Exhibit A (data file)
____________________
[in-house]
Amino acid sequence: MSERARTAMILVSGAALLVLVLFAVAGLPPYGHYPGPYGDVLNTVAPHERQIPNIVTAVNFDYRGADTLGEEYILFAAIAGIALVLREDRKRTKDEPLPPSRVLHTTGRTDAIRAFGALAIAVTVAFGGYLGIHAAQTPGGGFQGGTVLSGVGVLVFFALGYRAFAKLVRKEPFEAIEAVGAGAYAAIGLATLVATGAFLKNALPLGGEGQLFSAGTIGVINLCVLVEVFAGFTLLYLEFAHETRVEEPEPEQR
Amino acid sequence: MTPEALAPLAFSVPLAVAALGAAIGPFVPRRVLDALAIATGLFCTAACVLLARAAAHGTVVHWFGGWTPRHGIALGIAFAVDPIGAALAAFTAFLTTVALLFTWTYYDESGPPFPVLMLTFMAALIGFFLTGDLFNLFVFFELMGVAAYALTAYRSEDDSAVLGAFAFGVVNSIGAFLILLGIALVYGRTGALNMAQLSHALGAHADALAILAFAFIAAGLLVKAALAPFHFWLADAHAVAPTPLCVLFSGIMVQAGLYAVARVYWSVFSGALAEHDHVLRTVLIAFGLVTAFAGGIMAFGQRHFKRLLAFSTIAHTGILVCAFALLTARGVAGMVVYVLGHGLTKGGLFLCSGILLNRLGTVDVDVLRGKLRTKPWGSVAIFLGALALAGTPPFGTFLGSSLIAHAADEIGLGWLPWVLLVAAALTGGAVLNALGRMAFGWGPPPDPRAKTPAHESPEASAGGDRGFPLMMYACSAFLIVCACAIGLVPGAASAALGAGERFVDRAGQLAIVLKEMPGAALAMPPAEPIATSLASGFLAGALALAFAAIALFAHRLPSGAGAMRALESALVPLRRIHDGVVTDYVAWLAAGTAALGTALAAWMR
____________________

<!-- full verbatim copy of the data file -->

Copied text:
[in-house]
Amino acid sequence: MSERARTAMILVSGAALLVLVLFAVAGLPPYGHYPGPYGDVLNTVAPHERQIPNIVTAVNFDYRGADTLGEEYILFAAIAGIALVLREDRKRTKDEPLPPSRVLHTTGRTDAIRAFGALAIAVTVAFGGYLGIHAAQTPGGGFQGGTVLSGVGVLVFFALGYRAFAKLVRKEPFEAIEAVGAGAYAAIGLATLVATGAFLKNALPLGGEGQLFSAGTIGVINLCVLVEVFAGFTLLYLEFAHETRVEEPEPEQR
Amino acid sequence: MTPEALAPLAFSVPLAVAALGAAIGPFVPRRVLDALAIATGLFCTAACVLLARAAAHGTVVHWFGGWTPRHGIALGIAFAVDPIGAALAAFTAFLTTVALLFTWTYYDESGPPFPVLMLTFMAALIGFFLTGDLFNLFVFFELMGVAAYALTAYRSEDDSAVLGAFAFGVVNSIGAFLILLGIALVYGRTGALNMAQLSHALGAHADALAILAFAFIAAGLLVKAALAPFHFWLADAHAVAPTPLCVLFSGIMVQAGLYAVARVYWSVFSGALAEHDHVLRTVLIAFGLVTAFAGGIMAFGQRHFKRLLAFSTIAHTGILVCAFALLTARGVAGMVVYVLGHGLTKGGLFLCSGILLNRLGTVDVDVLRGKLRTKPWGSVAIFLGALALAGTPPFGTFLGSSLIAHAADEIGLGWLPWVLLVAAALTGGAVLNALGRMAFGWGPPPDPRAKTPAHESPEASAGGDRGFPLMMYACSAFLIVCACAIGLVPGAASAALGAGERFVDRAGQLAIVLKEMPGAALAMPPAEPIATSLASGFLAGALALAFAAIALFAHRLPSGAGAMRALESALVPLRRIHDGVVTDYVAWLAAGTAALGTALAAWMR